The impact of Coronavirus is slowly making its mark across the Riverina's tourism and key export industries.
Murray-Riverina Business Chamber regional manager Andrew Cottrill said one industry feeling the weight of the virus on exports is wine makers who have a large presence in the Riverina.
Wagga's Cottontail Wines owner Gerry McCormick said they are currently experiencing issues shipping wines over to China.
"We have a container of wine ready to send over now but we just can't get a date to send it because of all the border holdups," he said.
Mr McCormick said they had been exporting their wines to China for a number of years, but were recently looking to develop a new market.
"We can't really get a start on growing that market if we can't get the wine their in the first place," he said.
"While we do hope things get back to normal as soon as possible, it is more important for China to focus on health and safety foremost, our shipment getting through is just a bonus."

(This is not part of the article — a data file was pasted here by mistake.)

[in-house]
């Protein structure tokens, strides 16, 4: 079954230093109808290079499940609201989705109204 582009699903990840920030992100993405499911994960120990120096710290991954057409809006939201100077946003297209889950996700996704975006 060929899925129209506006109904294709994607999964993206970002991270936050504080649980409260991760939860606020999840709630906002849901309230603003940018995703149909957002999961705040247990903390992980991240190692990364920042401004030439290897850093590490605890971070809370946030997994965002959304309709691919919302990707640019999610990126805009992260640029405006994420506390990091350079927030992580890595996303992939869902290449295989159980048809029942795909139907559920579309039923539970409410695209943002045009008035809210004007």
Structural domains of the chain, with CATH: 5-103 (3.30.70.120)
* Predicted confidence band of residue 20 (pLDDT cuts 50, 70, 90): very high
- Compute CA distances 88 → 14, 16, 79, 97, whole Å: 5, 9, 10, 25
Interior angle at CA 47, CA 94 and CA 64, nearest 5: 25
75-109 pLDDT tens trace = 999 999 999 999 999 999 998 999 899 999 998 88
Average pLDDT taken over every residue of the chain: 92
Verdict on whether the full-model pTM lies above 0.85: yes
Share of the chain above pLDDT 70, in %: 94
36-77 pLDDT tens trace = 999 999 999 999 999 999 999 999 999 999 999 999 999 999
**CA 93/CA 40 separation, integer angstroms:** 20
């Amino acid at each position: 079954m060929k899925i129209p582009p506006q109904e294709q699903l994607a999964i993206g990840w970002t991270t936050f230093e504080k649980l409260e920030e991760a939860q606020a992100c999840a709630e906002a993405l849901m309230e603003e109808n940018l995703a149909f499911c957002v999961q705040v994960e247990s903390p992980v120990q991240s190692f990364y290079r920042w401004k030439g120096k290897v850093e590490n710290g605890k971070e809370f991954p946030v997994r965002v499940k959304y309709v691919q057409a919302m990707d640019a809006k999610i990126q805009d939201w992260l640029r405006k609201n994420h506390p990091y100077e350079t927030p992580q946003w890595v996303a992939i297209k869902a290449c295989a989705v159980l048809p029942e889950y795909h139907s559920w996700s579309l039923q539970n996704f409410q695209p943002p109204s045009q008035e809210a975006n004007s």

Leeton's Toorak Wines winemaker Robert Bruno also exports to China, but said the impact is yet to hit.
"We haven't really seen any impacts at this stage but we are expecting to because aside from the travel restrictions, people in China are not able to go out to restaurants and bars to buy our wine, so it won't be needed there in as high volumes as we'd like," he said.
The Business Chamber's Mr Cottrill said the trade industry in general may feel the impact of the virus but, locally in the Riverina, it would not be crippling.
"We've seen it in the past with the SARS outbreak in Australia where trade was definitely impacted in the short term during a containment period, but we then saw quite a positive rebound when trade resumed," he said.
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Mr Cottrill said live animal trade was currently banned, but that would not have a great impact on the Riverina.
"We don't export a huge number of live animals from this area anyway, but even those that do are in the off season due to heat," he said.
"Processed meats and other goods are still allowed to be sent over but there is a slow down at the borders because they are obviously very cautious about what is coming into the country, as well as prioritising medical supplies due to such a high demand."
While Chinese tourists only equate to about 8000 people annually across the wider Riverina-Murray region, General Manager of Destination Riverina Murray Richie Robinson said the impact will be felt, albeit small.
"International visitors spend a lot of money here and stay for a long period of time, whether that may be students or for business, so it doesn't take a lot to make an impact," he said.